Family dinner and adolescent overweight.Obes Res. 2005 May; 13(5):900-6.OR
The purpose of this study was to examine both cross-sectional and longitudinal associations between frequency of family dinner and overweight status in a large sample of 9- to 14-year-old children.
RESEARCH METHODS AND PROCEDURES
We studied a cohort of 7784 girls and 6647 boys, 9 to 14 years of age at baseline in 1996, participating in the Growing Up Today Study. From annual mailed surveys, we calculated BMI from self-reported height and weight and assessed frequency of family dinner over the previous year. We defined "overweight" as age- and sex-specific BMI >85th percentile. We performed multiple logistic regression analyses; the longitudinal analyses assessed the association of previous year family dinner consumption with 1-year incidence of becoming overweight, using prospective data from 1996 through 1999.
At baseline in 1996, 16% of participants had family dinner "never or some days," 40% on "most days," and 44% "every day." Across these categories, overweight prevalence for girls was 19.4%, 16.6%, and 16.7% and for boys was 24.6%, 23.3%, and 22.7%, respectively. In cross-sectional analyses, adjusting for potential confounders, the odds of being overweight was 0.85 [95% confidence interval (CI): 0.76, 0.96] among children who ate family dinner on "most days" or "every day" compared with those who ate family dinner "never or some days." In longitudinal multivariate models, the odds ratios between previous year frequency of eating family dinner and 1-year incidence of becoming overweight were 0.95 (95% CI: 0.78, 1.16) and 1.04 (95% CI: 0.85, 1.27) for children who ate family dinner on "most days" and "every day," respectively, compared with those who ate family dinner "never or some days."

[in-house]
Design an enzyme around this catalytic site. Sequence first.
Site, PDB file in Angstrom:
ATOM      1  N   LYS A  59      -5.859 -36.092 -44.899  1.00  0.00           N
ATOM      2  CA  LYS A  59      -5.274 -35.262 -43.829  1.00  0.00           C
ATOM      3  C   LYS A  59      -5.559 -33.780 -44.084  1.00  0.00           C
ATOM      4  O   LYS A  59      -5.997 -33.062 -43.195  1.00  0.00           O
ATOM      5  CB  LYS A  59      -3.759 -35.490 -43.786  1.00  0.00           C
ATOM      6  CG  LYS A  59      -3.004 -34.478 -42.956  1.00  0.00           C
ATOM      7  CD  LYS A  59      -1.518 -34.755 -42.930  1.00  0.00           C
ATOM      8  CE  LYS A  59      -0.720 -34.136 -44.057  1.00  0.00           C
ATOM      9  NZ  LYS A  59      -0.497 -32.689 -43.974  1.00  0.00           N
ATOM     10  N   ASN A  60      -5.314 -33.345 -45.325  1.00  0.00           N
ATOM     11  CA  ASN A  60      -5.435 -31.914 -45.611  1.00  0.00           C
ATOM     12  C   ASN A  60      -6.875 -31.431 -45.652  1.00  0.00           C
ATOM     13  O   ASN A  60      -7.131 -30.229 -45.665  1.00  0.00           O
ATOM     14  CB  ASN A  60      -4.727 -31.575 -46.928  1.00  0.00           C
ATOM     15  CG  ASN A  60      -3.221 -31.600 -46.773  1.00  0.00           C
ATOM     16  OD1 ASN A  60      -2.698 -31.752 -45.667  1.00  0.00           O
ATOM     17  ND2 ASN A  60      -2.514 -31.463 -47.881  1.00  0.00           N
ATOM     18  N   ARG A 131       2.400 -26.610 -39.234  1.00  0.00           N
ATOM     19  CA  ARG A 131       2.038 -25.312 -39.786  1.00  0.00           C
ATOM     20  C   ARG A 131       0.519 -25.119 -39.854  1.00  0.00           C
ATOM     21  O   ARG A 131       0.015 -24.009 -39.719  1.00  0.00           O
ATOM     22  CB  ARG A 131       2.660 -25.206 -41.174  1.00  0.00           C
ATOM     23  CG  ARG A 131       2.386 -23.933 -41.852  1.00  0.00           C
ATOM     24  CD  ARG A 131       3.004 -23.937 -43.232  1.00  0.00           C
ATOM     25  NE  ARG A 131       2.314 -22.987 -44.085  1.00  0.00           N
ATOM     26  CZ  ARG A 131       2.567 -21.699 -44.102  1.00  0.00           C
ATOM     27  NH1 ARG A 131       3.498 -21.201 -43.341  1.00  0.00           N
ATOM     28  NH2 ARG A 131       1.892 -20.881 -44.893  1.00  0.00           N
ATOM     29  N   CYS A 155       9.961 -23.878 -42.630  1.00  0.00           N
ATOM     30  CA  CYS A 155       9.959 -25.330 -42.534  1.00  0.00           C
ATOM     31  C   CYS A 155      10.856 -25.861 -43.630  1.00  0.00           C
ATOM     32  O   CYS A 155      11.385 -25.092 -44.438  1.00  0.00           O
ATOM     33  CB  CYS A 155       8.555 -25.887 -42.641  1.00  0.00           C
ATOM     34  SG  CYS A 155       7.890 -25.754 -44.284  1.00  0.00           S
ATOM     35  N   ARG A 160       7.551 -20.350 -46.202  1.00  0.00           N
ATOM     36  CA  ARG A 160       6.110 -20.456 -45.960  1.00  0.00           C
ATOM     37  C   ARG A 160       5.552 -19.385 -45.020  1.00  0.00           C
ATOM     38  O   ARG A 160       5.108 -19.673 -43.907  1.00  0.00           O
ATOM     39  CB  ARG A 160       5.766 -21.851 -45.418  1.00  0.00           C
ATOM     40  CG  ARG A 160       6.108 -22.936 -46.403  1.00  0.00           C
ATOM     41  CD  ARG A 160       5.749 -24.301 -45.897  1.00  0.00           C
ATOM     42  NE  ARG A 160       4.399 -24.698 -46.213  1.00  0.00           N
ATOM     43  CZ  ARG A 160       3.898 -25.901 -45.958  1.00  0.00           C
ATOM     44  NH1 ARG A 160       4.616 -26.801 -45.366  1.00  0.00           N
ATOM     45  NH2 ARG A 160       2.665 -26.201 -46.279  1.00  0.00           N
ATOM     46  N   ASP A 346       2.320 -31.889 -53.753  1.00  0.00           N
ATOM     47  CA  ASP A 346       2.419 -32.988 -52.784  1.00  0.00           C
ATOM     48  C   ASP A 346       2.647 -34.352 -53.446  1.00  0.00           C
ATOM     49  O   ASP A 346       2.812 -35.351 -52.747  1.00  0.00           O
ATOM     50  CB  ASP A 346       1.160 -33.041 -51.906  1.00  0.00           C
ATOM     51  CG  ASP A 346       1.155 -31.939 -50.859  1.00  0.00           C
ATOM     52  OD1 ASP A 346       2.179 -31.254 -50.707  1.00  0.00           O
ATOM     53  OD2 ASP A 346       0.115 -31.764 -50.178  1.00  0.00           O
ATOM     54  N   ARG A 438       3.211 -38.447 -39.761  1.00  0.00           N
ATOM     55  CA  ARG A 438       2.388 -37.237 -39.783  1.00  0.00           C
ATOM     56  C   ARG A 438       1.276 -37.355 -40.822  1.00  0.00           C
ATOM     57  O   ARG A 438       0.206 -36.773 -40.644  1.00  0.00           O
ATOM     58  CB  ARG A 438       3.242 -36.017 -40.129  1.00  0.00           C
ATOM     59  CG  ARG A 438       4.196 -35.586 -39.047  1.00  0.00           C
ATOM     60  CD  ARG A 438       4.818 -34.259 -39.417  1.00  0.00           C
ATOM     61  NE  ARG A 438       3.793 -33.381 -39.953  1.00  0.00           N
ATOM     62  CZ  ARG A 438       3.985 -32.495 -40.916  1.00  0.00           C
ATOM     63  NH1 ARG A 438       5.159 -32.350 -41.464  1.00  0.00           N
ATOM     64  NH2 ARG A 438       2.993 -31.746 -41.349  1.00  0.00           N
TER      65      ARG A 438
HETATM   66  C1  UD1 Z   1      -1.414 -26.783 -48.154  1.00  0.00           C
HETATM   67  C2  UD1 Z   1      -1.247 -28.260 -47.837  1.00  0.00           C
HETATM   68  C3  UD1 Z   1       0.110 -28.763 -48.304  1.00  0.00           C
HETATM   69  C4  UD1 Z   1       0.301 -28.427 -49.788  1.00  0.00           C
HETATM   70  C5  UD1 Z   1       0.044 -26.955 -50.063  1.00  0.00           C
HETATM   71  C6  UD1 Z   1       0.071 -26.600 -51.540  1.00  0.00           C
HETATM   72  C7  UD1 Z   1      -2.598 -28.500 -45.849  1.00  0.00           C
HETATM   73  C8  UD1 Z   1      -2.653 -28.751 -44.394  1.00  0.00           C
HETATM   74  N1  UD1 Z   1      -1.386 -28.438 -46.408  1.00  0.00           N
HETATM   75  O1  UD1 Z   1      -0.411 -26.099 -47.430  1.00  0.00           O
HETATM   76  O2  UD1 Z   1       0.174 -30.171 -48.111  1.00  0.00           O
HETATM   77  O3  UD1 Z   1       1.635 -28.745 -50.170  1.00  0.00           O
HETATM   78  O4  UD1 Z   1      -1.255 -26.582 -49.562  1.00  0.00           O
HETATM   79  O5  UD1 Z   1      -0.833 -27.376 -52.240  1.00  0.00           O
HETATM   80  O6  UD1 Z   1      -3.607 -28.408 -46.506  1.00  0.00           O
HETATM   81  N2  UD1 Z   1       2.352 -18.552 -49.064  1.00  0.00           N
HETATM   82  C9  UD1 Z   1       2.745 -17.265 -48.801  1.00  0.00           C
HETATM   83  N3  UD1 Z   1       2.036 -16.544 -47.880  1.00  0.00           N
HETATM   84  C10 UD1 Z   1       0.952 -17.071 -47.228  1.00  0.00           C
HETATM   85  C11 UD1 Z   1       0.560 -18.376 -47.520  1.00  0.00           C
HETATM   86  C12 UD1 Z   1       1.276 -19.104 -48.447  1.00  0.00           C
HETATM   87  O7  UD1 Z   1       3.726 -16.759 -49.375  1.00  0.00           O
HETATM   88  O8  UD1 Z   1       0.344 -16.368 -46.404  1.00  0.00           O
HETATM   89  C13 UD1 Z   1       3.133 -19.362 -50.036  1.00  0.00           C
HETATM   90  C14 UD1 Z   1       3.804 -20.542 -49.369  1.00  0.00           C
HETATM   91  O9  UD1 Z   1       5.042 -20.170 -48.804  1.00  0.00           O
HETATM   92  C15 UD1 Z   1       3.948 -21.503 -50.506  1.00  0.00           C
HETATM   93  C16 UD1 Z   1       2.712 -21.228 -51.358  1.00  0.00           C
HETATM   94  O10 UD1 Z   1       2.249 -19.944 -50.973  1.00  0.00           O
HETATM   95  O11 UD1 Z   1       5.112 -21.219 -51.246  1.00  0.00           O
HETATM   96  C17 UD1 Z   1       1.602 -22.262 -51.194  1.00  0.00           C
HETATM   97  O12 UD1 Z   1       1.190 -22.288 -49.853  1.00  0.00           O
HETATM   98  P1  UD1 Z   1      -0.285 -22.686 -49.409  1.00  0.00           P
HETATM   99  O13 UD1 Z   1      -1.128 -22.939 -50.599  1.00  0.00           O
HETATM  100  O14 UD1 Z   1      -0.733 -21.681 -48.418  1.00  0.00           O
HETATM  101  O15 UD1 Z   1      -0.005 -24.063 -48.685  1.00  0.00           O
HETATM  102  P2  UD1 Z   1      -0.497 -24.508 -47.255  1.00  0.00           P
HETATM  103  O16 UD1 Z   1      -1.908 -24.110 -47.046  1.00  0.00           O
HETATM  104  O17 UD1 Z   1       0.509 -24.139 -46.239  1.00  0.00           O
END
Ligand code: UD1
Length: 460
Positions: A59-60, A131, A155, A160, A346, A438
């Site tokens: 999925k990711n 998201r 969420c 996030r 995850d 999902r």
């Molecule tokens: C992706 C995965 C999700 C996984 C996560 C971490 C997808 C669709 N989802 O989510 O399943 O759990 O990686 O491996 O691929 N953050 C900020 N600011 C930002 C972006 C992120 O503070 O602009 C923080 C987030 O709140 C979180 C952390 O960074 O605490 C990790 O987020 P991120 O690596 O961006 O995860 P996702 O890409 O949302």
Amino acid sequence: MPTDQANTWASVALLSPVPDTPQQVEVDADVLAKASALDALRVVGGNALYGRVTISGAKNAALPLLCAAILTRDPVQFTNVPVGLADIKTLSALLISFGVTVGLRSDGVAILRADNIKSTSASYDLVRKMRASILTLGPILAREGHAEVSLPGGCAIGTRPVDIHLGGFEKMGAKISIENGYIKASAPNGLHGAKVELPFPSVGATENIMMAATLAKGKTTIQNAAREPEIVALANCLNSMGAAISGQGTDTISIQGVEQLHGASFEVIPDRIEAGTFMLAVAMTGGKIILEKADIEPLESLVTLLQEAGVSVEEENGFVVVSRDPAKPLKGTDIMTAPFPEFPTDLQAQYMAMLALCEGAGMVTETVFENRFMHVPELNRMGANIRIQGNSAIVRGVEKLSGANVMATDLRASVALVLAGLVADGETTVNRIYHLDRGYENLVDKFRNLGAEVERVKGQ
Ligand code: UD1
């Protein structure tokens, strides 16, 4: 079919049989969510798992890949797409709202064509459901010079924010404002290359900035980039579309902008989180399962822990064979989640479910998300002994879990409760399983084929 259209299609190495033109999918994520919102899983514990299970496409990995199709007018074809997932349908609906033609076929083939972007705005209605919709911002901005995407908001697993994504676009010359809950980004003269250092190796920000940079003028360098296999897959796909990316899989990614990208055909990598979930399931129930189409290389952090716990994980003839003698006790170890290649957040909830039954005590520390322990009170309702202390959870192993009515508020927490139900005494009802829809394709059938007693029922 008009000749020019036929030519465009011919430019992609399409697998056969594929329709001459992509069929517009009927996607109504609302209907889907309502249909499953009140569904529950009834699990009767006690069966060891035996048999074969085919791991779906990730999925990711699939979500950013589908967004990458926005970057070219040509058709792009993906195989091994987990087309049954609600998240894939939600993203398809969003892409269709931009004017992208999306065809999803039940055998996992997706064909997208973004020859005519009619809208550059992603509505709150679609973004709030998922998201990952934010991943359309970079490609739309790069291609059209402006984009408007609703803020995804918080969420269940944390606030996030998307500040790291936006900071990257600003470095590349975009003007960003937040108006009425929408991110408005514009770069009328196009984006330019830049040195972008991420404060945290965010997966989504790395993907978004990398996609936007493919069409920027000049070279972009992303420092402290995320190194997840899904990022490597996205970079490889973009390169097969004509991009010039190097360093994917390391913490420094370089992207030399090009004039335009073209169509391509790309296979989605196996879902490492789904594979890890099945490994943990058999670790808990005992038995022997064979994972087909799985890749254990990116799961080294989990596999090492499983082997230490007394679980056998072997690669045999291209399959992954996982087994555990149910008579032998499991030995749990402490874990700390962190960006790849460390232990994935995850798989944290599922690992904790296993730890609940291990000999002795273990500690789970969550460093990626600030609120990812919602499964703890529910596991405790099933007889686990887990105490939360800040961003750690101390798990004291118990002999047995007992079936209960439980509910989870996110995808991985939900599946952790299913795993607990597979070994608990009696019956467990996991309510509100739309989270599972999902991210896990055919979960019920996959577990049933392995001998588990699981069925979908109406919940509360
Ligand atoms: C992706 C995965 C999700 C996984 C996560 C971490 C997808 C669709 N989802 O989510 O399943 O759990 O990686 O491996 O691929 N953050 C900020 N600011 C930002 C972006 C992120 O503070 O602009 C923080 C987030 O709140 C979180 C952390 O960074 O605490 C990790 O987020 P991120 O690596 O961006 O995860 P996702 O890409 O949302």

The frequency of eating family dinner was inversely associated with overweight prevalence at baseline but not with likelihood of becoming overweight in longitudinal analyses.